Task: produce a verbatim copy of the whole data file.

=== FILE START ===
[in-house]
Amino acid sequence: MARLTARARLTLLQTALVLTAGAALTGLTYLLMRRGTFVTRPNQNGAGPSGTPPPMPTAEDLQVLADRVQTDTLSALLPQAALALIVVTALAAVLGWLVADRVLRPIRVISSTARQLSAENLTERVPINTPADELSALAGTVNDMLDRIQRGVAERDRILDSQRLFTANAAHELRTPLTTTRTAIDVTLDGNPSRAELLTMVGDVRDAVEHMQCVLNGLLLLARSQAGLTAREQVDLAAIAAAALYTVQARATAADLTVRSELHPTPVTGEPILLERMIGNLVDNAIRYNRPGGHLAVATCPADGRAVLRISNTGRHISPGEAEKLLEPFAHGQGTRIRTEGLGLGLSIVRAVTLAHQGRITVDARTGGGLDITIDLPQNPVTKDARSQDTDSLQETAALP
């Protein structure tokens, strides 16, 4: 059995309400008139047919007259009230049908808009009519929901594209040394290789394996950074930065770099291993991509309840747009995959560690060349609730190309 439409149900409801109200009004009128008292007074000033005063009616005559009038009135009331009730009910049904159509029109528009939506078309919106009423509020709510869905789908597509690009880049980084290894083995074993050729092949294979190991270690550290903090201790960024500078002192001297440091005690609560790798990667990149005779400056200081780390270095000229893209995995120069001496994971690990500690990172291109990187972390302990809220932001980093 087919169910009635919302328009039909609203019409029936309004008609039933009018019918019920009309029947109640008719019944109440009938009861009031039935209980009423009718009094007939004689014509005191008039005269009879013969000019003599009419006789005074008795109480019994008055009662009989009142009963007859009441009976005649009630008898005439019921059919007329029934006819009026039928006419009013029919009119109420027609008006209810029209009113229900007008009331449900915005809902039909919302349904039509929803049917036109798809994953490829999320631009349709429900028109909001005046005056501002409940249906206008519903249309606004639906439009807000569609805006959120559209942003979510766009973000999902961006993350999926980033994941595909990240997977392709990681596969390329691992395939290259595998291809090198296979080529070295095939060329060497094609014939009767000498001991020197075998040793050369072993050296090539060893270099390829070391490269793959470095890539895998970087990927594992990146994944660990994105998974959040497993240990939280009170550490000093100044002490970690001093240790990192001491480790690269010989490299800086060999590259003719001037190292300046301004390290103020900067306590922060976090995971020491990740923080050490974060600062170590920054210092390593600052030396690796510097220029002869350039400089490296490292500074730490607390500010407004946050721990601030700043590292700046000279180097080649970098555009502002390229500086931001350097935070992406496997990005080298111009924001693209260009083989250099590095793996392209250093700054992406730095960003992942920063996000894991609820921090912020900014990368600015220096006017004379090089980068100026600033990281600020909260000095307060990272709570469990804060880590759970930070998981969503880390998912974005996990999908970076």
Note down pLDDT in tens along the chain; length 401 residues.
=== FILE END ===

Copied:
[in-house]
Amino acid sequence: MARLTARARLTLLQTALVLTAGAALTGLTYLLMRRGTFVTRPNQNGAGPSGTPPPMPTAEDLQVLADRVQTDTLSALLPQAALALIVVTALAAVLGWLVADRVLRPIRVISSTARQLSAENLTERVPINTPADELSALAGTVNDMLDRIQRGVAERDRILDSQRLFTANAAHELRTPLTTTRTAIDVTLDGNPSRAELLTMVGDVRDAVEHMQCVLNGLLLLARSQAGLTAREQVDLAAIAAAALYTVQARATAADLTVRSELHPTPVTGEPILLERMIGNLVDNAIRYNRPGGHLAVATCPADGRAVLRISNTGRHISPGEAEKLLEPFAHGQGTRIRTEGLGLGLSIVRAVTLAHQGRITVDARTGGGLDITIDLPQNPVTKDARSQDTDSLQETAALP
């Protein structure tokens, strides 16, 4: 059995309400008139047919007259009230049908808009009519929901594209040394290789394996950074930065770099291993991509309840747009995959560690060349609730190309 439409149900409801109200009004009128008292007074000033005063009616005559009038009135009331009730009910049904159509029109528009939506078309919106009423509020709510869905789908597509690009880049980084290894083995074993050729092949294979190991270690550290903090201790960024500078002192001297440091005690609560790798990667990149005779400056200081780390270095000229893209995995120069001496994971690990500690990172291109990187972390302990809220932001980093 087919169910009635919302328009039909609203019409029936309004008609039933009018019918019920009309029947109640008719019944109440009938009861009031039935209980009423009718009094007939004689014509005191008039005269009879013969000019003599009419006789005074008795109480019994008055009662009989009142009963007859009441009976005649009630008898005439019921059919007329029934006819009026039928006419009013029919009119109420027609008006209810029209009113229900007008009331449900915005809902039909919302349904039509929803049917036109798809994953490829999320631009349709429900028109909001005046005056501002409940249906206008519903249309606004639906439009807000569609805006959120559209942003979510766009973000999902961006993350999926980033994941595909990240997977392709990681596969390329691992395939290259595998291809090198296979080529070295095939060329060497094609014939009767000498001991020197075998040793050369072993050296090539060893270099390829070391490269793959470095890539895998970087990927594992990146994944660990994105998974959040497993240990939280009170550490000093100044002490970690001093240790990192001491480790690269010989490299800086060999590259003719001037190292300046301004390290103020900067306590922060976090995971020491990740923080050490974060600062170590920054210092390593600052030396690796510097220029002869350039400089490296490292500074730490607390500010407004946050721990601030700043590292700046000279180097080649970098555009502002390229500086931001350097935070992406496997990005080298111009924001693209260009083989250099590095793996392209250093700054992406730095960003992942920063996000894991609820921090912020900014990368600015220096006017004379090089980068100026600033990281600020909260000095307060990272709570469990804060880590759970930070998981969503880390998912974005996990999908970076």
Note down pLDDT in tens along the chain; length 401 residues.